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About The daily Nebraskan. ([Lincoln, Neb.) 1901-current | View Entire Issue (Sept. 23, 1998)
Benson battles through injury
By Darken Ivy
Each time Nebraska women’s soc
cer player Kim Engesser steps onto the
field, she instinctively looks around for
It’s natural for her.
The two of them have played
together on chib teams coached by Jan
Engesser, Kim’s mother, since they
Benson was one of the main rea
sons Engesser transferred to Nebraska
from Portland in 1997.
This year, the duo had planned to
finish out Engesser’s last season at
Nebraska playing together.
That was before Benson tore the
anterior cruciate ligament in her right
knee during a Denver Diamonds club
soccer game July 19.
Now all Benson can do is cheer on
Engesser and the rest of her
“Every game I go out and wish she
was there,” Engesser said. “It makes me
sad seeing her sitting on the bench.”
This past weekend’s games against
UCLA and Southern California were
supposed to be a homecoming for
Benson, Engesser and Sandy Smith -
all Huntington Beach, Calif., natives.
Since Benson’s first season at NU,
she couldn’t wait for the California trip,
said her mother, Sharon.
“She was really looking forward to
having all of her family, friends and
coaches see her for the first time,”
Sharon Benson said.
But Jenny Benson has to wait two
BENSON NOW ACCEPTS the fact that she will not play any
mere this season. The Injury made her realize how much
playing soccer meant to her, she said.
NU SOCCER PLAYER JENNY BENSON warns her knee in a tub Tuesday morning in the NU Coliseum training room. She
spends at least 90 minutes a day trying to regain strength in her leg after undergoing knee surgery eight weeks ago.
more years for that opportunity. The
length of that wait helped make it hard
er to go through last weekend
“It was hard, because I would look
over and see my family sitting in the
stands,” she said.
Although Benson wasn’t able to
play, her mother said she enjoyed hav
ing her at home. It was the first time
Mike, and twin
brother, Jeff, had
seen her since
Jenny’s visit, the
over the phone
every other day,
Benson said she
was glad the
open the season,
because it took
some time adjusting to her injury.
But, after a few games, Benson
said, she had begun to understand her
role and accept it.
The 2-1 loss to Wisconsin
Milwaukee in the opener was the hard
est game for her.
“It was one of those games you die
to be on the field,” Benson said. “You
just want to help, but I was helpless. I
knew I couldn’t do anything.”
Benson is eight weeks into her
rehabilitation and determined to be
back with the team by spring. On the
recent trip to California, she used the
hotel exercise room to do her drills.
Benson knows the importance of
rehabilitation because she tore the ACL
in her left knee in 1994, while she was r
sophomore at Marina High School.
She said that experience helped her
deal with the most recent one.
“Waking up from surgery, I knew
how it was going to feel,” Benson said.
“I understand (the recovery) is going to
be a slow process.”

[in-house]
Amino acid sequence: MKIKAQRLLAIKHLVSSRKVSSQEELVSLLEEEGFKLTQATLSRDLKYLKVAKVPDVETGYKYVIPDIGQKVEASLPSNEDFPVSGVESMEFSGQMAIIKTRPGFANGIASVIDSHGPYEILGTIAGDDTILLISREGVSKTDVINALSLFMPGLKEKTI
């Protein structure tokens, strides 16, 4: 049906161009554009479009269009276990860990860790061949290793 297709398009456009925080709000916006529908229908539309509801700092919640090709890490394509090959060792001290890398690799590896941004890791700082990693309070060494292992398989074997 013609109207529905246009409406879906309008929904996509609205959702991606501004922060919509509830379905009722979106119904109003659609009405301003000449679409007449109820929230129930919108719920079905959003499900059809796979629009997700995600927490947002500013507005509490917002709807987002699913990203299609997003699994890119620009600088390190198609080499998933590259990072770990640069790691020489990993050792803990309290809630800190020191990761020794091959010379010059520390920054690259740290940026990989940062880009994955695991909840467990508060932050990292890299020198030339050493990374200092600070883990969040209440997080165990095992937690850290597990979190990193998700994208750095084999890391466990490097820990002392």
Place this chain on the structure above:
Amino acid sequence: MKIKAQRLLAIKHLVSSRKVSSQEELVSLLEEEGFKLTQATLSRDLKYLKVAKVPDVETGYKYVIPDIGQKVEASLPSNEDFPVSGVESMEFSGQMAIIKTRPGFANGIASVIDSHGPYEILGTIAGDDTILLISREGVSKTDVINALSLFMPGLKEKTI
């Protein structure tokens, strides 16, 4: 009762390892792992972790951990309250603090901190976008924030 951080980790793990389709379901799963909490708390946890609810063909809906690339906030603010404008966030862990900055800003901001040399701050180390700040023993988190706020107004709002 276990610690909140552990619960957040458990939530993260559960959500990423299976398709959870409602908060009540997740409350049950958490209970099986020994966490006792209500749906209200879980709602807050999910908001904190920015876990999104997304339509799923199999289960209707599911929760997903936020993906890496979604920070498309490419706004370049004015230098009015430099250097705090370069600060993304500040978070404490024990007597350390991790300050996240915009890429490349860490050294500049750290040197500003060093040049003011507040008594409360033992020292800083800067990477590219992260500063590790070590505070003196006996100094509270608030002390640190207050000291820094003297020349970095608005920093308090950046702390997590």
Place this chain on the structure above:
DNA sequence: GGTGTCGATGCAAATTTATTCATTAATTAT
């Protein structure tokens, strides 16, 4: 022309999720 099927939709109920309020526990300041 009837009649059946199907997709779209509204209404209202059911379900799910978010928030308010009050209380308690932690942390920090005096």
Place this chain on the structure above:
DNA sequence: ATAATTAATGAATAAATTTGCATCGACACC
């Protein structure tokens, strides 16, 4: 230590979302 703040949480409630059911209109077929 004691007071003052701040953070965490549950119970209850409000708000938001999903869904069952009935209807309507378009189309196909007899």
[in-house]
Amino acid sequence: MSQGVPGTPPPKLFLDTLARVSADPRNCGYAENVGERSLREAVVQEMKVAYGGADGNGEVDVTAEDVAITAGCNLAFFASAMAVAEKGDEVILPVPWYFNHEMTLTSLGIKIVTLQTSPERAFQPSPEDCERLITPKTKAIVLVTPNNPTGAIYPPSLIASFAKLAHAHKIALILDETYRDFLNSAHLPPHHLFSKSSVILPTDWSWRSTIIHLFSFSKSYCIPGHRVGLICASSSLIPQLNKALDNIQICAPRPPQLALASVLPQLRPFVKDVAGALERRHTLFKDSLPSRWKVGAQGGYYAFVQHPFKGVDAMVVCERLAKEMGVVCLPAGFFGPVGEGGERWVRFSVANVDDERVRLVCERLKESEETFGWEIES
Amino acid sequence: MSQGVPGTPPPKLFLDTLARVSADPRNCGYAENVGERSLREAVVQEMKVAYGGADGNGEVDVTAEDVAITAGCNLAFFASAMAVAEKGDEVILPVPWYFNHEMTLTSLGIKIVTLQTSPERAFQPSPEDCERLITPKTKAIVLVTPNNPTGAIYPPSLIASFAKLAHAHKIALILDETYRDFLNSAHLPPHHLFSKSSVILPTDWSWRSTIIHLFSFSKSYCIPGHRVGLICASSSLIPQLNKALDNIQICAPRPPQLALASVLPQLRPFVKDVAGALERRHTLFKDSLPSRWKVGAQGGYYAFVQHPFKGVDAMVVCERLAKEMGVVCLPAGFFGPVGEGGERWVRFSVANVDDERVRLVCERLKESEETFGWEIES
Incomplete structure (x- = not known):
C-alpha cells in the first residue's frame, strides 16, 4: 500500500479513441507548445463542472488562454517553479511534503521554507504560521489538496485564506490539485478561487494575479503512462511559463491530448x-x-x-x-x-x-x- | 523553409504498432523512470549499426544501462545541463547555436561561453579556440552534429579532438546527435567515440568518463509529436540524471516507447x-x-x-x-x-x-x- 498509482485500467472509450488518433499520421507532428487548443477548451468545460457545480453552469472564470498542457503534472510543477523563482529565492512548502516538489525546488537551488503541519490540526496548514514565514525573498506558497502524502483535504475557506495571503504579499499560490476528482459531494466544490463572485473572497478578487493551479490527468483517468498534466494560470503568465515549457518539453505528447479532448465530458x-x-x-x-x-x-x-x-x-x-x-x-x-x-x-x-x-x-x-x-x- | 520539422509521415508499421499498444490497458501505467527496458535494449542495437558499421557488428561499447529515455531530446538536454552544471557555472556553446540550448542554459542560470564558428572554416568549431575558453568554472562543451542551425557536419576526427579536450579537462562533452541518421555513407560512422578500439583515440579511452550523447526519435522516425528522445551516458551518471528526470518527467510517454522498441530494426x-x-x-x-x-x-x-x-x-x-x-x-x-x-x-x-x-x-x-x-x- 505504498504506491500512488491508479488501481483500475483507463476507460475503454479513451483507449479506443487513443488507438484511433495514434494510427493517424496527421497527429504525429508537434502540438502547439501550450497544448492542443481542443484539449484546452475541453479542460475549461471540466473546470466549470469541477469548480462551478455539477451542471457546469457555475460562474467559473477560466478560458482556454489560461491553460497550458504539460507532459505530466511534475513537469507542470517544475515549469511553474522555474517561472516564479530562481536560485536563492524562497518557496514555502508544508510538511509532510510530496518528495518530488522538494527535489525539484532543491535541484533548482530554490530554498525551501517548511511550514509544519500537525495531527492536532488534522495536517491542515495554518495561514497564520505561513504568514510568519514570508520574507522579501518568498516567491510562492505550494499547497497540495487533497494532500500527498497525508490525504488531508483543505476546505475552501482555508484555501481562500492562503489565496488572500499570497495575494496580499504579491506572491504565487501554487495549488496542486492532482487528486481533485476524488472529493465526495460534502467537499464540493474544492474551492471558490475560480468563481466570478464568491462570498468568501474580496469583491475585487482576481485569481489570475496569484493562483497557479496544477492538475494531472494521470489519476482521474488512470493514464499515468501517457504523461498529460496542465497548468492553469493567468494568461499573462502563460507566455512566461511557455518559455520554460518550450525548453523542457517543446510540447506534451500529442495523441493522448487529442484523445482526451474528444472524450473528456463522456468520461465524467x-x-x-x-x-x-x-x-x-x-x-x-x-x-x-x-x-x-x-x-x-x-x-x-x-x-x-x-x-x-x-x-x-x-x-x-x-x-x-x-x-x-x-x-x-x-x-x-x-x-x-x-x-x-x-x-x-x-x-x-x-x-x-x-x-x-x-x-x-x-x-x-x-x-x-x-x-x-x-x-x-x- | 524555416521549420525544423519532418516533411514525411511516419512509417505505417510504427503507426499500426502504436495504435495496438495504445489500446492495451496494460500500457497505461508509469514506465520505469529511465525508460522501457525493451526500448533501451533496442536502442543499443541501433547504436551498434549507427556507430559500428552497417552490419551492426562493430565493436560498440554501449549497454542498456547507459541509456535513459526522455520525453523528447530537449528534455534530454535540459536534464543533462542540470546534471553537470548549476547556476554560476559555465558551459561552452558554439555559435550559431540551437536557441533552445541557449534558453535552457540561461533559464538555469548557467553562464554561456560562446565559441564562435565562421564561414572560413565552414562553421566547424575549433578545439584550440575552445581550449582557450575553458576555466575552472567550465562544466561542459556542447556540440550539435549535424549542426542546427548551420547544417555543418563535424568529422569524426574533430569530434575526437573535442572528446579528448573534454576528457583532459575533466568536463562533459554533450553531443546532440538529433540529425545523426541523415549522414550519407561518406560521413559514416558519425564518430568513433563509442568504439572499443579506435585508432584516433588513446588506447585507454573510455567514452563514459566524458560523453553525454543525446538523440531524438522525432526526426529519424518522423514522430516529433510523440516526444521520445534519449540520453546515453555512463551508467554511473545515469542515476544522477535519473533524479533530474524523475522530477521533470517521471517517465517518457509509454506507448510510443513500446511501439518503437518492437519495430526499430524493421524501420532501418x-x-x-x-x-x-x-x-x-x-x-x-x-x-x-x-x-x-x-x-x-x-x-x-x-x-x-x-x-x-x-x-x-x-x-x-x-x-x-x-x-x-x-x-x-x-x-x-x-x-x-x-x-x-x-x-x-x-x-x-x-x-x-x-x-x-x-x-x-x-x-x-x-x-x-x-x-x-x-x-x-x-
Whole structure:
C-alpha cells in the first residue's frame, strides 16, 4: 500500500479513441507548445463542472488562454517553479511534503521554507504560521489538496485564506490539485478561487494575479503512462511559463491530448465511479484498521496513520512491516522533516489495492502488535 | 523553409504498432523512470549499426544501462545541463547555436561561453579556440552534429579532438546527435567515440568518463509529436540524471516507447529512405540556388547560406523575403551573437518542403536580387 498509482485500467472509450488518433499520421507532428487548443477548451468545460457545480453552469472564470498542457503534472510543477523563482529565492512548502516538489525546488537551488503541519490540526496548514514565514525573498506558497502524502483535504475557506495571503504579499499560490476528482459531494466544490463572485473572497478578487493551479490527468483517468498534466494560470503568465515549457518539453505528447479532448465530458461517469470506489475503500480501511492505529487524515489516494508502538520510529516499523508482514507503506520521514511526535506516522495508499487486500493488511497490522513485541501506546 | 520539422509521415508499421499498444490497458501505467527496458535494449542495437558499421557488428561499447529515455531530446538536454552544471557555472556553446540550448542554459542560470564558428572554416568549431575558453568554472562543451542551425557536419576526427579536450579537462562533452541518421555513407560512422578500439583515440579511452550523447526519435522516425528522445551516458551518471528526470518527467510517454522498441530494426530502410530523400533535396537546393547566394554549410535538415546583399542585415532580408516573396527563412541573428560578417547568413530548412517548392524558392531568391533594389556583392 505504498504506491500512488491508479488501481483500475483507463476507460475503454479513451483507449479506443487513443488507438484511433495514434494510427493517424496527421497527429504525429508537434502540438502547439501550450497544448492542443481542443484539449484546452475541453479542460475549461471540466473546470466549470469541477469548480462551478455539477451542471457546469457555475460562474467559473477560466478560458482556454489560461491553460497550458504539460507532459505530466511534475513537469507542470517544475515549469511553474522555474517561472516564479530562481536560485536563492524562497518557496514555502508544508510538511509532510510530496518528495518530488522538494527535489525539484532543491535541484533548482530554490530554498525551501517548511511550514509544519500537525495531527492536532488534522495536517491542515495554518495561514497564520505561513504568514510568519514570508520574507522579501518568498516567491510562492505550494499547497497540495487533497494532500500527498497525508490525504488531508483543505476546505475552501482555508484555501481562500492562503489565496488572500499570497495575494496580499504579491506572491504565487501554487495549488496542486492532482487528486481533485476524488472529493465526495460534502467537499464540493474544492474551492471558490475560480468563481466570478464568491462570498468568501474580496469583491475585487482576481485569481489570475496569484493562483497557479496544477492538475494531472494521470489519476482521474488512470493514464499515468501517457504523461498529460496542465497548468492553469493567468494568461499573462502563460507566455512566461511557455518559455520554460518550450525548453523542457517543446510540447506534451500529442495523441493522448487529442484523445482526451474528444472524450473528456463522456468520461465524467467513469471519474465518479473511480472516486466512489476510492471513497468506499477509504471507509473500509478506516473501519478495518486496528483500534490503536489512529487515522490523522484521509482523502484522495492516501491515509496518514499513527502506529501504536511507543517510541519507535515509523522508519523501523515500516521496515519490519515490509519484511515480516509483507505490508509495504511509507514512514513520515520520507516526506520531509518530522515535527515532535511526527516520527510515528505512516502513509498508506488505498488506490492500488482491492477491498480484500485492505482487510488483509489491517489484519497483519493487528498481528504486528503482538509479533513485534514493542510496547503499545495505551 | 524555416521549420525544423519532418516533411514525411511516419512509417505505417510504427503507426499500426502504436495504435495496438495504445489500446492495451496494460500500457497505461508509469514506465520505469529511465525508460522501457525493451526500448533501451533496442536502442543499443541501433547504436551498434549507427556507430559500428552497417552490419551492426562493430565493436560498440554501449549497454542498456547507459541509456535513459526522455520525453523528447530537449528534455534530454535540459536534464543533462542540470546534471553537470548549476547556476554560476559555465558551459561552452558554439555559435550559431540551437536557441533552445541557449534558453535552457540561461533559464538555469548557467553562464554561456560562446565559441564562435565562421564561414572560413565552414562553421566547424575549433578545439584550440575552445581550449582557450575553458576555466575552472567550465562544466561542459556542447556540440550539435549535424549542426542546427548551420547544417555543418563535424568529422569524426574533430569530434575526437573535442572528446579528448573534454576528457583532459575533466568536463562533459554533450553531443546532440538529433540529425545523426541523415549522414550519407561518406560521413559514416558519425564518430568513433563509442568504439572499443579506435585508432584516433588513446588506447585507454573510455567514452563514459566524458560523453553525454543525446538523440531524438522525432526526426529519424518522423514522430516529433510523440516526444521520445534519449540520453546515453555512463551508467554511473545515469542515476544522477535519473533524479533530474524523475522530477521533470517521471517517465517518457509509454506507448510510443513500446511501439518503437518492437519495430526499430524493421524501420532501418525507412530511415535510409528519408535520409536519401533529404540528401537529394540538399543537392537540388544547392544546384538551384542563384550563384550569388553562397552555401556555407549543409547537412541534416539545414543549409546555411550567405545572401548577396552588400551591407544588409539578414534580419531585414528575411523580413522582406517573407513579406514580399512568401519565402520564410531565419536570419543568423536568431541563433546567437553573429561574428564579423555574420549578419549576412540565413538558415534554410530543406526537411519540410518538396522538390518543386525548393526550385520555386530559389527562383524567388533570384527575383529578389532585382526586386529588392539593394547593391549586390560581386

But Benson said the injury has
been harder on her this time.
She wasn’t involved with soccer
each day in high school - like she is in
college. She also wasn’t busy training
with the under-20 national team.
“It couldn’t have happened at a
worse time,” said Kari Uppinghouse,
Benson’s best friend and former NU
teammate. “Things were finally start
ing to happen for her.”
Uppinghouse remembers the day
the trainers told Benson her ACL was
“It was devastating news,”
Uppinghouse said. “We were speech
less, and she was crying. Knowing I
was done, I wish I could have taken the
injury for her.”
Benson has not asked for sympathy
from anyone. Her mother said that’s
part of her personality.
“She puts other people before her
self,” Sharon Benson said. “She told
me, ‘I’m fine, don’t worry about me.’”
Jenny Benson may not let on to
many people how she’s really feeling,
but she responds quickly when asked
how much she misses soccer.
“It just kills me not being out there
every day,” she said. “I can’t wait for the
day I can step back on the field.”
Beer run tests stomach’s strength
By Todd Munson
Five miles. Five beers.
What the hell was I thinking?
Last Sunday, I competed in die 20th
— or possibly the 21st depending on
whom you ask - running of The Beer
Started in 1978 by the Lincoln
Track Chib as a way to wind down die
season, The Beer Run eventually
branched out and evolved into its own
At die dawn of the age of gender
equity, women began slamming full
12-ounce beers with the men. Aral for
die lightweights, or minors, anon-alco
holic and soda division had been
Although it has always been a low
profile event, The Beer Run is rich in
history. A high school track coach set
the record of 29 minutes, 23 seconds
back in 1984. Wow.
If die course record didn’t serve
notice about the seriousness of the race,
die starting area certainly did. Cars up
and down the street were adorned with
a variety of running paraphernalia. The
folks who owned these vehicles cer
tainfy looked the part, either decked out
in actual running attire or wearing T
shirts from past races and marathons.
Suddenly, 1 was a bit nervous. I’d
never run more than two miles at a time,
and by the looks of things, the only per
son I could beat was a dead ringer for A1
from “Home Improvement”
After a couple feeble attempts at
touching my toes, I joined die 30 or so
runners at the starting line for the pre
race directions. Adding to my fears was